1. The Integrated Comprehensive Droplet Digital Detection (IC 3D) system combined three distinct technologies to detect down to single-cell levels of blood bacterial infection.
2. Within 4 hours, the IC 3D provided quantitative measurements of infection level with high sensitivity and specificity.
Evidence Rating Level: 2 (Good)
Study Rundown: Bacterial infection of the blood can lead to sepsis, a severe body-wide immune response with high mortality rates. Early diagnosis of infection is key to effective treatment and improved patient survival rates. This proof-of-concept study demonstrated the ability of the IC 3D to rapidly detect specific types of bacteria in the blood at low levels. The IC 3D employed DNA-based probes called DNAzymes to detect bacteria; furthermore, the analyzed blood was separated into droplets, which allowed the reaction between DNAzymes and a bacterium in an individual droplet to quickly occur. In clinical blood samples, the IC 3D identified the target E. coli bacteria and not other bacteria strains or normal blood components. The IC 3D system confirmed the presence or absence of target bacteria within an hour, and longer analysis times yielded quantitative measurements of bacteria numbers. These measurements were accurate across a wide range of bacteria levels, down to single-digit numbers of bacteria cells in the blood samples.
The detection system developed in this study had a number of strengths when compared to current detection technologies. In addition to short analysis times and a low limit of detection, the IC 3D measured bacteria in blood without requiring sample preprocessing. The current system design is limited by its ability to detect only one type of bacteria (e.g. E. coli) per analysis. The researchers behind the IC 3D are currently developing a multiple-wavelength detection system that would allow for simultaneous analysis of multiple bacteria types, which should aid in clinically relevant, broad diagnoses. With further development, the IC 3D should provide early detection of bacterial infection in the blood and improve patient outcomes.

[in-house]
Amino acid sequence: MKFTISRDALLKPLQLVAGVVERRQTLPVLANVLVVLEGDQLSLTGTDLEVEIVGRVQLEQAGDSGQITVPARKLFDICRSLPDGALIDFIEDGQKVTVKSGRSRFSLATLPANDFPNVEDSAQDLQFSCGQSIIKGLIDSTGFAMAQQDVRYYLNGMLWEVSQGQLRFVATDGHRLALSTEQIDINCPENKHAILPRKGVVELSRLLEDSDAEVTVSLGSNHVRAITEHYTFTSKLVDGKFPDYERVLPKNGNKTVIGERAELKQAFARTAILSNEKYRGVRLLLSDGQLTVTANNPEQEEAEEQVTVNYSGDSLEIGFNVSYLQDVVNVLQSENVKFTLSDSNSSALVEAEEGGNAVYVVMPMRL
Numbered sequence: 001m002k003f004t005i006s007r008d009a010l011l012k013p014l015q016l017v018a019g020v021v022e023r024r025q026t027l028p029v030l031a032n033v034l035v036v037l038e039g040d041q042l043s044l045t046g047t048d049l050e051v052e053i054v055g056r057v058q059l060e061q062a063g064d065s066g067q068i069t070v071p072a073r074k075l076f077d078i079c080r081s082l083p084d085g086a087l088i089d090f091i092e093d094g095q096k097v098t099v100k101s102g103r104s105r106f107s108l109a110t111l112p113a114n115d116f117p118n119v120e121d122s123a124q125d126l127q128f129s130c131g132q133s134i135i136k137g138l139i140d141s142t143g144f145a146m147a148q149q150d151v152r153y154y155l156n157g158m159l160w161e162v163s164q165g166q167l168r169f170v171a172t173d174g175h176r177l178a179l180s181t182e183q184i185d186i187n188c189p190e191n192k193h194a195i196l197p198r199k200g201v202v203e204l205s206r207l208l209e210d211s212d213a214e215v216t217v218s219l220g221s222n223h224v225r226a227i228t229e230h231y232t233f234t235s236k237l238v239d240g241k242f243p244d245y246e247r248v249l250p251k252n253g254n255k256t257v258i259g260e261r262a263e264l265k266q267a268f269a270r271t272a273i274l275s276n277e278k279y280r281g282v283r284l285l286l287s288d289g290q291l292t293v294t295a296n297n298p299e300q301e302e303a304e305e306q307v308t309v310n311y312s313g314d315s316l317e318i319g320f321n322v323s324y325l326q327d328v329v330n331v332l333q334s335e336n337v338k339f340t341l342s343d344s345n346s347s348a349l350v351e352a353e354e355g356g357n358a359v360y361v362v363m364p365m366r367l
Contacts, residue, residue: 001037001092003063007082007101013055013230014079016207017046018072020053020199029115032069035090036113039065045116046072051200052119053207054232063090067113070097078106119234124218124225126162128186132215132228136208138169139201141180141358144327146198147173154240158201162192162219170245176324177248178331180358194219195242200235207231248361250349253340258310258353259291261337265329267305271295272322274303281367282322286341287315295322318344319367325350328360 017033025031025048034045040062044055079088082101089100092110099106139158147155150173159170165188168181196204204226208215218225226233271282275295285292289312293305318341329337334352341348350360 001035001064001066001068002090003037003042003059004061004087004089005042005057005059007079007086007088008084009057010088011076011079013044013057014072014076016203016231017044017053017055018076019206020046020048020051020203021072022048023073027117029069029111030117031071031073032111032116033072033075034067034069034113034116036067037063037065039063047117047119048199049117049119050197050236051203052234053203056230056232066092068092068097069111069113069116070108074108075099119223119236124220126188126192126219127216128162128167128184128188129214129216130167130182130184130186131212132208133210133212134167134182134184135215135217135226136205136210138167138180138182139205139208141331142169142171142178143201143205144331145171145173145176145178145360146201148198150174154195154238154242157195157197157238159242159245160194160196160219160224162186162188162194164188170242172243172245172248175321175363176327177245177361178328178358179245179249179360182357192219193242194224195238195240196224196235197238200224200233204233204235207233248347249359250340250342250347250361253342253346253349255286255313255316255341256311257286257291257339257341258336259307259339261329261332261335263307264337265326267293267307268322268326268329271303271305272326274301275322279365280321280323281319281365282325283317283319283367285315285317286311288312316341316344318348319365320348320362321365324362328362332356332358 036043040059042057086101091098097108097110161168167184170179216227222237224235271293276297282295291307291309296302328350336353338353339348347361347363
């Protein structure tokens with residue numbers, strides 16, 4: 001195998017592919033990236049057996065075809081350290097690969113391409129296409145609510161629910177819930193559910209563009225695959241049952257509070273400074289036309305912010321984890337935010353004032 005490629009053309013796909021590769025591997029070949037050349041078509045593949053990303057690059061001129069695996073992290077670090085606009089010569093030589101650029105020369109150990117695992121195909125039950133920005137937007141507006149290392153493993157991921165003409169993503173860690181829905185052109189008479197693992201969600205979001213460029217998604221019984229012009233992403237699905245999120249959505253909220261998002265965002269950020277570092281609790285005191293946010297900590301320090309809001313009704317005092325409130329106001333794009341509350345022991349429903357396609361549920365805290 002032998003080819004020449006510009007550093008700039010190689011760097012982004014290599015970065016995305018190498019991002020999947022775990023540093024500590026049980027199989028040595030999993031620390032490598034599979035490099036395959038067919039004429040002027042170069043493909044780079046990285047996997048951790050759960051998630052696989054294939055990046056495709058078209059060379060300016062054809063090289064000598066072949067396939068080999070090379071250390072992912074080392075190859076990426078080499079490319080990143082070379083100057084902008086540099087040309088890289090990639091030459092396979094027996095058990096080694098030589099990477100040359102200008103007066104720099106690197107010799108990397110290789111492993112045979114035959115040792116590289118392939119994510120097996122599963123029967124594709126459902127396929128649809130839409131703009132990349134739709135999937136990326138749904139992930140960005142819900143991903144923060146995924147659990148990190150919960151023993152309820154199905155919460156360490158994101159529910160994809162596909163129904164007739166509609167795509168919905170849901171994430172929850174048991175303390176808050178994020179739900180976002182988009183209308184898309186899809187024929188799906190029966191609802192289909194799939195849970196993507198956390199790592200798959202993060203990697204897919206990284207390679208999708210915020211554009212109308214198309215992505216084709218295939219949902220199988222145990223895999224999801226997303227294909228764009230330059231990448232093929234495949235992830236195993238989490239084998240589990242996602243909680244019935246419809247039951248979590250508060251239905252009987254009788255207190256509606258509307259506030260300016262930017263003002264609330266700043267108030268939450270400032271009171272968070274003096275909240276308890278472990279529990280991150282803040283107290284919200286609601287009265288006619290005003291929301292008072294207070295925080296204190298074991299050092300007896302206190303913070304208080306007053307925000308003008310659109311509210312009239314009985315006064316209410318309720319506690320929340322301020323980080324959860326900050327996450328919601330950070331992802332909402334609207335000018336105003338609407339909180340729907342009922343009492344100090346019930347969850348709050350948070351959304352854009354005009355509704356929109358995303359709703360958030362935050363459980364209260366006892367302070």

Relevant Reading: Fluorogenic DNAzyme Probes as Bacterial Indicators
In-Depth [in vitro study]: Three technologies comprised the IC 3D system. First, the underlying molecular reaction for E. coli detection was based on DNAzyme sensors. DNAzymes were designed to specifically target E. coli and emit fluorescence upon binding with bacterial cell components. Second, a microfluidic device was used to separate and dilute the blood sample into millions of droplets containing blood + DNAzymes + bacteria lysis buffer that were suspended in an oil carrier fluid. The speed of the DNAzyme reaction was increased when enzymes and bacteria were contained within the picoliter-sized droplets. Third, a three-dimensional particle counter was used to rapidly identify fluorescent droplets.
Blood samples spiked with E. coli in the range of 1 to 10,000 bacterial cells per milliliter were tested with the IC 3D. The number of detected cells closely matched the original number of spiked cells. These samples were compared to clinical isolates of various non-E. coli bacterial strains in a single-blinded experiment, yielding a false-positive rate of zero and a false negative rate of 0.5%. In blood samples with 1 bacterial cell per milliliter, the IC 3D detected a mean reading of 0.77 cells. Across the full range of bacterial concentrations tested, a binary result confirming the presence or absence of bacteria was produced in approximately 45 minutes, and full quantification of bacteria cell numbers was completed within 4 hours.
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